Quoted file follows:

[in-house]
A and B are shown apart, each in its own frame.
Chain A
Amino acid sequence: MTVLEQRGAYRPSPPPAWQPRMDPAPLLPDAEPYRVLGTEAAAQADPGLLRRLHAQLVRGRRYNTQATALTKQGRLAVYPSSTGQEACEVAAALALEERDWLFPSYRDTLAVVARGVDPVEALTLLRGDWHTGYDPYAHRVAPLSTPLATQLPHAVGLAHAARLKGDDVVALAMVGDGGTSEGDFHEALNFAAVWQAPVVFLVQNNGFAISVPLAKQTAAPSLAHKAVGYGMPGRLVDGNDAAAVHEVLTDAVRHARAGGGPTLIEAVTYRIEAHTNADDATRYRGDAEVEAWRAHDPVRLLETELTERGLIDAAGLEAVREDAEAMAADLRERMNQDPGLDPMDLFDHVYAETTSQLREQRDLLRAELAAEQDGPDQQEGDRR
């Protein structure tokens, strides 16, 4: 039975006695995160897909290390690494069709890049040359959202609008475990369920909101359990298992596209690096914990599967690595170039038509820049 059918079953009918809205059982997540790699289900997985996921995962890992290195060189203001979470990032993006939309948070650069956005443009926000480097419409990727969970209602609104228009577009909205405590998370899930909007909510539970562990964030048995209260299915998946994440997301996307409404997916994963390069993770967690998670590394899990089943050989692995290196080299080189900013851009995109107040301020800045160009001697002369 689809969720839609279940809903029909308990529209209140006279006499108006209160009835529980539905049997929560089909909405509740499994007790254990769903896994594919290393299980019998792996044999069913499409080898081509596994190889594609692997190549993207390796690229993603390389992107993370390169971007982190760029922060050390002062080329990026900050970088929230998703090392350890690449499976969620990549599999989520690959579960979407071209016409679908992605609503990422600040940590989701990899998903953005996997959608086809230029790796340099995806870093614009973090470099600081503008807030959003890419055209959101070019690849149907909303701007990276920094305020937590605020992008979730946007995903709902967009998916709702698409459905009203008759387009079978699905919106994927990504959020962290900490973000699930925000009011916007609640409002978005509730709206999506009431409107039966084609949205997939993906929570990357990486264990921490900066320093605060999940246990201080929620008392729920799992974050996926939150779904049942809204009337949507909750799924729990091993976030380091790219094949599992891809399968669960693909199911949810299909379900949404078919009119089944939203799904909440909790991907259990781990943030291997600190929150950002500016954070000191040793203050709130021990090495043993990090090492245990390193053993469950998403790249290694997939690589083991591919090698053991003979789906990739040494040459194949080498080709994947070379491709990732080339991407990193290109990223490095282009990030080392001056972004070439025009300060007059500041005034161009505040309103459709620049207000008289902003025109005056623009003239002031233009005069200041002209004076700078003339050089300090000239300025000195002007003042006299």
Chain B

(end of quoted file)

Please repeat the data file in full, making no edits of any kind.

[in-house]
A and B are shown apart, each in its own frame.
Chain A
Amino acid sequence: MTVLEQRGAYRPSPPPAWQPRMDPAPLLPDAEPYRVLGTEAAAQADPGLLRRLHAQLVRGRRYNTQATALTKQGRLAVYPSSTGQEACEVAAALALEERDWLFPSYRDTLAVVARGVDPVEALTLLRGDWHTGYDPYAHRVAPLSTPLATQLPHAVGLAHAARLKGDDVVALAMVGDGGTSEGDFHEALNFAAVWQAPVVFLVQNNGFAISVPLAKQTAAPSLAHKAVGYGMPGRLVDGNDAAAVHEVLTDAVRHARAGGGPTLIEAVTYRIEAHTNADDATRYRGDAEVEAWRAHDPVRLLETELTERGLIDAAGLEAVREDAEAMAADLRERMNQDPGLDPMDLFDHVYAETTSQLREQRDLLRAELAAEQDGPDQQEGDRR
């Protein structure tokens, strides 16, 4: 039975006695995160897909290390690494069709890049040359959202609008475990369920909101359990298992596209690096914990599967690595170039038509820049 059918079953009918809205059982997540790699289900997985996921995962890992290195060189203001979470990032993006939309948070650069956005443009926000480097419409990727969970209602609104228009577009909205405590998370899930909007909510539970562990964030048995209260299915998946994440997301996307409404997916994963390069993770967690998670590394899990089943050989692995290196080299080189900013851009995109107040301020800045160009001697002369 689809969720839609279940809903029909308990529209209140006279006499108006209160009835529980539905049997929560089909909405509740499994007790254990769903896994594919290393299980019998792996044999069913499409080898081509596994190889594609692997190549993207390796690229993603390389992107993370390169971007982190760029922060050390002062080329990026900050970088929230998703090392350890690449499976969620990549599999989520690959579960979407071209016409679908992605609503990422600040940590989701990899998903953005996997959608086809230029790796340099995806870093614009973090470099600081503008807030959003890419055209959101070019690849149907909303701007990276920094305020937590605020992008979730946007995903709902967009998916709702698409459905009203008759387009079978699905919106994927990504959020962290900490973000699930925000009011916007609640409002978005509730709206999506009431409107039966084609949205997939993906929570990357990486264990921490900066320093605060999940246990201080929620008392729920799992974050996926939150779904049942809204009337949507909750799924729990091993976030380091790219094949599992891809399968669960693909199911949810299909379900949404078919009119089944939203799904909440909790991907259990781990943030291997600190929150950002500016954070000191040793203050709130021990090495043993990090090492245990390193053993469950998403790249290694997939690589083991591919090698053991003979789906990739040494040459194949080498080709994947070379491709990732080339991407990193290109990223490095282009990030080392001056972004070439025009300060007059500041005034161009505040309103459709620049207000008289902003025109005056623009003239002031233009005069200041002209004076700078003339050089300090000239300025000195002007003042006299």
Chain B